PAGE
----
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Am J Pathol. 2008 Dec;173(6):1839-52. doi: 10.2353/ajpath.2008.080380. Epub 2008 Nov 6.

Expression profiling of Galectin-3-depleted melanoma cells reveals its major role in melanoma cell plasticity and vasculogenic mimicry.

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1
Department of Cancer Biology, The University of Texas MD Anderson Cancer Center, Houston, TX 77030, USA.

Abstract

Galectin-3 (Gal-3) is a beta-galactoside-binding protein that is involved in cancer progression and metastasis. Using a progressive human melanoma tissue microarray, we previously demonstrated that melanocytes accumulate Gal-3 during the progression from benign to dysplastic nevi to melanoma and further to metastatic melanoma. Herein, we show that silencing of Gal-3 expression with small hairpin RNA results in a loss of tumorigenic and metastatic potential of melanoma cells. In vitro, Gal-3 silencing resulted in loss of tumor cell invasiveness and capacity to form tube-like structures on collagen ("vasculogenic mimicry"). cDNA microarray analysis after Gal-3 silencing revealed that Gal-3 regulates the expression of multiple genes, including endothelial cell markers that appear to be aberrantly expressed in highly aggressive melanoma cells, causing melanoma cell plasticity. These genes included vascular endothelial-cadherin, which plays a pivotal role in vasculogenic mimicry, as well as interleukin-8, fibronectin-1, endothelial differentiation sphingolipid G-protein receptor-1, and matrix metalloproteinase-2. Chromatin immunoprecipitation assays and promoter analyses revealed that Gal-3 silencing resulted in a decrease of vascular endothelial-cadherin and interleukin-8 promoter activities due to enhanced recruitment of transcription factor early growth response-1. Moreover, transient overexpression of early growth response-1 in C8161-c9 cells resulted in a loss of vascular endothelial-cadherin and interleukin-8 promoter activities and protein expression. Thus, Gal-3 plays an essential role during the acquisition of vasculogenic mimicry and angiogenic properties associated with melanoma progression.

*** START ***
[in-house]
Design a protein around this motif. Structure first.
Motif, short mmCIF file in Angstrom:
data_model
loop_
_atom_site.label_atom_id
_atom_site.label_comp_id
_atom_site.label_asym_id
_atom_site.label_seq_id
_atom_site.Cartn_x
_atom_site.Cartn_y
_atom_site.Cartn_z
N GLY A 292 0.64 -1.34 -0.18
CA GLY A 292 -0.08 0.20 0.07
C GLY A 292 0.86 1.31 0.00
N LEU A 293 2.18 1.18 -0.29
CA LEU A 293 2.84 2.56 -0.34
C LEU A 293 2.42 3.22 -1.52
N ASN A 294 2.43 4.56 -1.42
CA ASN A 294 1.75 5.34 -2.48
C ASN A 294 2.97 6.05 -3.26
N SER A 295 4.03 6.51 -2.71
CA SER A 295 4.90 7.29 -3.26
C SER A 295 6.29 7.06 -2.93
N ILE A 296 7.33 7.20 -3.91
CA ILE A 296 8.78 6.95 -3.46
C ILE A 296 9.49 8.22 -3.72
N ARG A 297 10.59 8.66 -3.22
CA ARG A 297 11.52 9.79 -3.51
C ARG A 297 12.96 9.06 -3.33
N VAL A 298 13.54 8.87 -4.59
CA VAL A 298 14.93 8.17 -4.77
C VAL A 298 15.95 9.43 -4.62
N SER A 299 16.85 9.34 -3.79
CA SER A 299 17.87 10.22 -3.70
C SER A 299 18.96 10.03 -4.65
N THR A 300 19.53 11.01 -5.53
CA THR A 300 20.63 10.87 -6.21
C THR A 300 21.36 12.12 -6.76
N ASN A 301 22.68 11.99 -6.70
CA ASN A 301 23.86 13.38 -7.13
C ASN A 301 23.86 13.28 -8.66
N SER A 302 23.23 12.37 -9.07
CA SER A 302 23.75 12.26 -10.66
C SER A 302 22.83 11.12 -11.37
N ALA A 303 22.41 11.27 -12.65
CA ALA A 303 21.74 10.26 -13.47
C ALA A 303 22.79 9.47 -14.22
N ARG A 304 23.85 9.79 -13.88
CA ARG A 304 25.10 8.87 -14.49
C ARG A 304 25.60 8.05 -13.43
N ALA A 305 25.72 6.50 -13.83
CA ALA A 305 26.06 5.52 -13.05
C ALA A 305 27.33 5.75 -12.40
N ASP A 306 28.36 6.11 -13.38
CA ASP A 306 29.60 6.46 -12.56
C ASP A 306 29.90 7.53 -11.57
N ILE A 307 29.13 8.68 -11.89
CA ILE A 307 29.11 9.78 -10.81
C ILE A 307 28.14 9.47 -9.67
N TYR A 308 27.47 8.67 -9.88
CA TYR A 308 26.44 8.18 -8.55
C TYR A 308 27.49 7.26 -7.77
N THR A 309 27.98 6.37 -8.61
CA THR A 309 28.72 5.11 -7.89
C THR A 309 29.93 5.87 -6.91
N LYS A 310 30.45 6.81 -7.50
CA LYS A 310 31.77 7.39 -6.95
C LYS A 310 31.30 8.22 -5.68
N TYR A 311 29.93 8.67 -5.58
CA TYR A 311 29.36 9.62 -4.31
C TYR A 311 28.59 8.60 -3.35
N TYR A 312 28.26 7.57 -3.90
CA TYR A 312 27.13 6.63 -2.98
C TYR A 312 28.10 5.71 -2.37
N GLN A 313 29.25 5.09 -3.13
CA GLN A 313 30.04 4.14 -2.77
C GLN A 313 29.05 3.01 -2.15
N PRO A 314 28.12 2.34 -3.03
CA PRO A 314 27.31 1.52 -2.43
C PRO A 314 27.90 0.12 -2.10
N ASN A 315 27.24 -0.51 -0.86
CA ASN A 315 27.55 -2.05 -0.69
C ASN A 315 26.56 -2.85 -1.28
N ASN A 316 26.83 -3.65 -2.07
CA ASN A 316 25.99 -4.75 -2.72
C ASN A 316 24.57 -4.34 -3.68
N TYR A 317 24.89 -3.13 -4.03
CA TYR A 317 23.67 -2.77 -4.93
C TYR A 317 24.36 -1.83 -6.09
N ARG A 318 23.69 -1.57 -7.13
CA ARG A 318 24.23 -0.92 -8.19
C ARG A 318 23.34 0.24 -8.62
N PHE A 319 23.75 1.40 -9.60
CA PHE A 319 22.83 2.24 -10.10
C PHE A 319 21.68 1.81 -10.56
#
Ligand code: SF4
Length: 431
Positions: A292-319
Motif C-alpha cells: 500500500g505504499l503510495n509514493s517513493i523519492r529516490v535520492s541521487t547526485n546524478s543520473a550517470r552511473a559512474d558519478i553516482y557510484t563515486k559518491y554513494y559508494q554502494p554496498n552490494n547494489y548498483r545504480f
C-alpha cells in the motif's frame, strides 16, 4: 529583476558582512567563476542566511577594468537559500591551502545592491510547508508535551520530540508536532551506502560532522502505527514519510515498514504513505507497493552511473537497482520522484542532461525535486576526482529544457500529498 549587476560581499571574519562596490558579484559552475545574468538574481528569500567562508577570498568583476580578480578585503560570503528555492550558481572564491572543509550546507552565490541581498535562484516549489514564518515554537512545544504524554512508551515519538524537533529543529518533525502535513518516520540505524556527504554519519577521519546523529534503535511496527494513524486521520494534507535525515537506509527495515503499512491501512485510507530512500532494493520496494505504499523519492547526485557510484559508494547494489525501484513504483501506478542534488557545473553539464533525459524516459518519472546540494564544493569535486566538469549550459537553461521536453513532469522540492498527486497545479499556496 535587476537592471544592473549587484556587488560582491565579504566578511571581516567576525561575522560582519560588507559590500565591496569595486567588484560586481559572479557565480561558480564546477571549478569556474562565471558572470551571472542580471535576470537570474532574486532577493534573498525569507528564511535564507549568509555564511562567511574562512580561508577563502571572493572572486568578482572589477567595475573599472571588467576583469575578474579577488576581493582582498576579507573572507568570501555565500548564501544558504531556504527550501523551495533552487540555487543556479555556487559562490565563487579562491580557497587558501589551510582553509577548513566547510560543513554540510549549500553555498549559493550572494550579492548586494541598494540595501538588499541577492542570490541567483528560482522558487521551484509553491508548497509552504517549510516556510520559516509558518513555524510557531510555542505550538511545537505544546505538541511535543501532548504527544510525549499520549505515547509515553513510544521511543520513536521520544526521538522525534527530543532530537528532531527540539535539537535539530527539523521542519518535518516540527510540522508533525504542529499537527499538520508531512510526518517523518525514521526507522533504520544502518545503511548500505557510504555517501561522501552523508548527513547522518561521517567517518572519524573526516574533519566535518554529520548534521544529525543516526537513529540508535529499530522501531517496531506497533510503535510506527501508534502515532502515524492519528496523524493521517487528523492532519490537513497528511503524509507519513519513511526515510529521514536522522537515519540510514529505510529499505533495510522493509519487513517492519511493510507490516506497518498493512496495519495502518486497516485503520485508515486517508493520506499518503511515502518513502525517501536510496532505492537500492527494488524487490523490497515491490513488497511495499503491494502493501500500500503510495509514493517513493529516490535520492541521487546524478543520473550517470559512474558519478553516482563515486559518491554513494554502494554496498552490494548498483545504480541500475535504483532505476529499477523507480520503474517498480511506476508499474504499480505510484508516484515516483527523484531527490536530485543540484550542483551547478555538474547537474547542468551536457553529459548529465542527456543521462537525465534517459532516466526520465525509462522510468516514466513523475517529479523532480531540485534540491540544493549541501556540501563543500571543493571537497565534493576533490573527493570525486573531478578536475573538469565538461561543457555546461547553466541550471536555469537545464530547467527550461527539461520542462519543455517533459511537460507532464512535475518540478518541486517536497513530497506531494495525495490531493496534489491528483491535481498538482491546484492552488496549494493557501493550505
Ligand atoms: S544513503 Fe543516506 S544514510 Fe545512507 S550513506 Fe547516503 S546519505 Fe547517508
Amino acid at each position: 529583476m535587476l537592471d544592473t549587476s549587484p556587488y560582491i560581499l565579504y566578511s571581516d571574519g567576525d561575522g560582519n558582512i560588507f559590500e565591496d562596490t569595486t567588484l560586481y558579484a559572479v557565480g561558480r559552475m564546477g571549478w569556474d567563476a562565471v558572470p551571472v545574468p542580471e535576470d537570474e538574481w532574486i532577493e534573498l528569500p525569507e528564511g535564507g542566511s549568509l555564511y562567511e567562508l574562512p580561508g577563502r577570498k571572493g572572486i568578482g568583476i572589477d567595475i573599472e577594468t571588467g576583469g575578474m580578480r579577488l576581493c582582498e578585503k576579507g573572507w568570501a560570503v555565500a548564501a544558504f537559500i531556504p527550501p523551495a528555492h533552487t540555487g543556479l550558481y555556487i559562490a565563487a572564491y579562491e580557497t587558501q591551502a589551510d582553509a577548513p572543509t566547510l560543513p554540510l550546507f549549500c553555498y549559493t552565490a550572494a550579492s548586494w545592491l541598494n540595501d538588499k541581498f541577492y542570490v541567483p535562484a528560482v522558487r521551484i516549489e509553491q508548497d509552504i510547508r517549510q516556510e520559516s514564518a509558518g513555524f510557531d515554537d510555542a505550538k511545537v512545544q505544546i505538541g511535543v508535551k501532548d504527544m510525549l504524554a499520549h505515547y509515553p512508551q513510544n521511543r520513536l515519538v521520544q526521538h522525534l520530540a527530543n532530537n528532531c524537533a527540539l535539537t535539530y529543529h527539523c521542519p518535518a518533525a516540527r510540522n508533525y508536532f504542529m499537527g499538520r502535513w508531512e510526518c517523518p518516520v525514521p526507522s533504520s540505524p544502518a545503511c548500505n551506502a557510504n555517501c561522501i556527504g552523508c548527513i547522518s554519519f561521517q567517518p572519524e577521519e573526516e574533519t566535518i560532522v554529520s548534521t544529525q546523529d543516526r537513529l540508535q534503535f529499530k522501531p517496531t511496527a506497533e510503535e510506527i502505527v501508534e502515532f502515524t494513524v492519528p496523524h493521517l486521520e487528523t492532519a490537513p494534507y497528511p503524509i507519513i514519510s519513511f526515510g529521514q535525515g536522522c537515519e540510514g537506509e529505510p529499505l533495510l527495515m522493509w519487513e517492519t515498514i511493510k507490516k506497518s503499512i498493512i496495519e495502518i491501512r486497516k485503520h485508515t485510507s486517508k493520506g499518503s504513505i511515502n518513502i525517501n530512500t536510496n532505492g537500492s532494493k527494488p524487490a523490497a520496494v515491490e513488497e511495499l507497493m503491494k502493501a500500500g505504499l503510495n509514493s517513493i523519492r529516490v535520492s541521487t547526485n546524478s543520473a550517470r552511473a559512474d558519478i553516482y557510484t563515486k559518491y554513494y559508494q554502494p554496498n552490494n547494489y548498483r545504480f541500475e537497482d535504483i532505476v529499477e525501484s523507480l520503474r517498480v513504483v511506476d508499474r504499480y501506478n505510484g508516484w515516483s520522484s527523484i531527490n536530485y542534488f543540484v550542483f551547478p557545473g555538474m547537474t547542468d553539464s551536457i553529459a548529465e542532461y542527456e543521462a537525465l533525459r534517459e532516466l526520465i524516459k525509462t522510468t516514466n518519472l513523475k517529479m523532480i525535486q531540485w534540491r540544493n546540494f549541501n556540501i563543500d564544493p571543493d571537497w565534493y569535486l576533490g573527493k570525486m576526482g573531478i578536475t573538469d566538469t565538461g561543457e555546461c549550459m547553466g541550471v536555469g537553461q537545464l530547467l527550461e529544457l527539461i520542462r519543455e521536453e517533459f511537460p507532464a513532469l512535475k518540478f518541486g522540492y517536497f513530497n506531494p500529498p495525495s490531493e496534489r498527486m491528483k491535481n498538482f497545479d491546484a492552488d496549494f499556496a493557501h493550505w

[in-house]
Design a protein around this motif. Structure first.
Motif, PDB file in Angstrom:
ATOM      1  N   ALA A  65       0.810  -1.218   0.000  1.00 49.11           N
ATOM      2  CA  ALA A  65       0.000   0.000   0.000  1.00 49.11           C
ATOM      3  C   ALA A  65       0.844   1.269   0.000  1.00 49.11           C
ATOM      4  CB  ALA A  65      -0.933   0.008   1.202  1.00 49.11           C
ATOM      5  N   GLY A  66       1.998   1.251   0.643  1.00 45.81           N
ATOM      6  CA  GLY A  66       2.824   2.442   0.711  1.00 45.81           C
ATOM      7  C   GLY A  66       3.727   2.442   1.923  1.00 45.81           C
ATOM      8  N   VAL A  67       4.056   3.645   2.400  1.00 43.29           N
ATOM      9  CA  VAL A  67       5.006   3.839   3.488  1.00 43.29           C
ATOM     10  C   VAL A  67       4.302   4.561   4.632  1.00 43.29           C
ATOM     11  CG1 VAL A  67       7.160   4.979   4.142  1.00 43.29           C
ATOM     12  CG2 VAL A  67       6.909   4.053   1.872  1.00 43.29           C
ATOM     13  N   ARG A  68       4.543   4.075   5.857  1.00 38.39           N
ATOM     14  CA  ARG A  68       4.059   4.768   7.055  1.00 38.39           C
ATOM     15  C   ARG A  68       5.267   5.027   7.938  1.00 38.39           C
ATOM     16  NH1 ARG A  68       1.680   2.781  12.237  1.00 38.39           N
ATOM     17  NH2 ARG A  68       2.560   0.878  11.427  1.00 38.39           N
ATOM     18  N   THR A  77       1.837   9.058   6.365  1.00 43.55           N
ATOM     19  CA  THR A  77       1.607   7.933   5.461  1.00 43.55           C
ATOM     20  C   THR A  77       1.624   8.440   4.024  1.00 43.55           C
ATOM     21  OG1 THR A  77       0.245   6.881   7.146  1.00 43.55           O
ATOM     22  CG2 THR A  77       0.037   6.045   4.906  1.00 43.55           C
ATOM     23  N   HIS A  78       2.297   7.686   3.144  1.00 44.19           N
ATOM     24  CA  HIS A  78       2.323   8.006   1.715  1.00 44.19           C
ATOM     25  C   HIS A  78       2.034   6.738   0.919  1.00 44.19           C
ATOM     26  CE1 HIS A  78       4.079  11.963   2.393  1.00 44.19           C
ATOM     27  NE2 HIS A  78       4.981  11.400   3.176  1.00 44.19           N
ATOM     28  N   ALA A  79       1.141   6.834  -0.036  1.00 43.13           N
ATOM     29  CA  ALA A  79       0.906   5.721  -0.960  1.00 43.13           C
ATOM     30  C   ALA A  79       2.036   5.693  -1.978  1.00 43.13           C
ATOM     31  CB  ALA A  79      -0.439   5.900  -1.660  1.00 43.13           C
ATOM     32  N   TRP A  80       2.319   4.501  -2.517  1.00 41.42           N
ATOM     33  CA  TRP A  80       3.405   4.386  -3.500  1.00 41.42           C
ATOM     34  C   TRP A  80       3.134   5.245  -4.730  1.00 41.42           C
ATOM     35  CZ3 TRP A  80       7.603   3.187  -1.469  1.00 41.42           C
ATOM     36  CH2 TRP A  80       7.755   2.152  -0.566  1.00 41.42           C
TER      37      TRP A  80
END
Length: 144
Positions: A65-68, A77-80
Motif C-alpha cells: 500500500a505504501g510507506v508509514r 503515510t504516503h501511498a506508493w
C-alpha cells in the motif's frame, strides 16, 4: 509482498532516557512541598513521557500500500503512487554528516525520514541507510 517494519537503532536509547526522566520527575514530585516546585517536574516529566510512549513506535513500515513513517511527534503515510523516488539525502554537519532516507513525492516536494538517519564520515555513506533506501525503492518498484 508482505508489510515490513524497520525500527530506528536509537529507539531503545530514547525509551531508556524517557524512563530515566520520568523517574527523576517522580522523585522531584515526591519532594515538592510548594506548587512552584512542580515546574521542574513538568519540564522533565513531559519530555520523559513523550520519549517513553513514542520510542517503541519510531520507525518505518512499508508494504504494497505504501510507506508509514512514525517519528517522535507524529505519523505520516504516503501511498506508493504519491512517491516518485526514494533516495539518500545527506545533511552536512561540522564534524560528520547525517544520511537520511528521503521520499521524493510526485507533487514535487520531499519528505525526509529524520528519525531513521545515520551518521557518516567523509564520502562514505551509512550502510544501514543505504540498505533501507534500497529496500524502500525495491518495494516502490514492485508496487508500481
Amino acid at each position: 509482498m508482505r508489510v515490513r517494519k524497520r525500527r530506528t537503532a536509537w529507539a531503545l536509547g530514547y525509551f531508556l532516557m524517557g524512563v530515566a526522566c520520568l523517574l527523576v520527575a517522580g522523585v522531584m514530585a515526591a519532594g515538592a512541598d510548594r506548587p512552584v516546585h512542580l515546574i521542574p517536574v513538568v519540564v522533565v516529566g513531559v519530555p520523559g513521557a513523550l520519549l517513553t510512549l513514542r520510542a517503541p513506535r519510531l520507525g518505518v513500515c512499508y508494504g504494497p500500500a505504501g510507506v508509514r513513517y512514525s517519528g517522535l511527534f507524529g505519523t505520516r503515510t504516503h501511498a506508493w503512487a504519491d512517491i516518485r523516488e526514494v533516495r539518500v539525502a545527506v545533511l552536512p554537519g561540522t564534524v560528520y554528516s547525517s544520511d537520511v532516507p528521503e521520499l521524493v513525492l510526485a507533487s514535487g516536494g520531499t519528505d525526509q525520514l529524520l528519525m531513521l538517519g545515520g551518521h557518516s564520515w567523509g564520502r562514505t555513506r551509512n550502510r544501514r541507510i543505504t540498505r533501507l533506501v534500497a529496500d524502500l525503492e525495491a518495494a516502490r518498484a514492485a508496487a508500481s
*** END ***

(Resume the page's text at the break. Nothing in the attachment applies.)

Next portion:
PMID:
18988806
PMCID:
PMC2626394
DOI:
10.2353/ajpath.2008.080380
[Indexed for MEDLINE]
Free PMC Article
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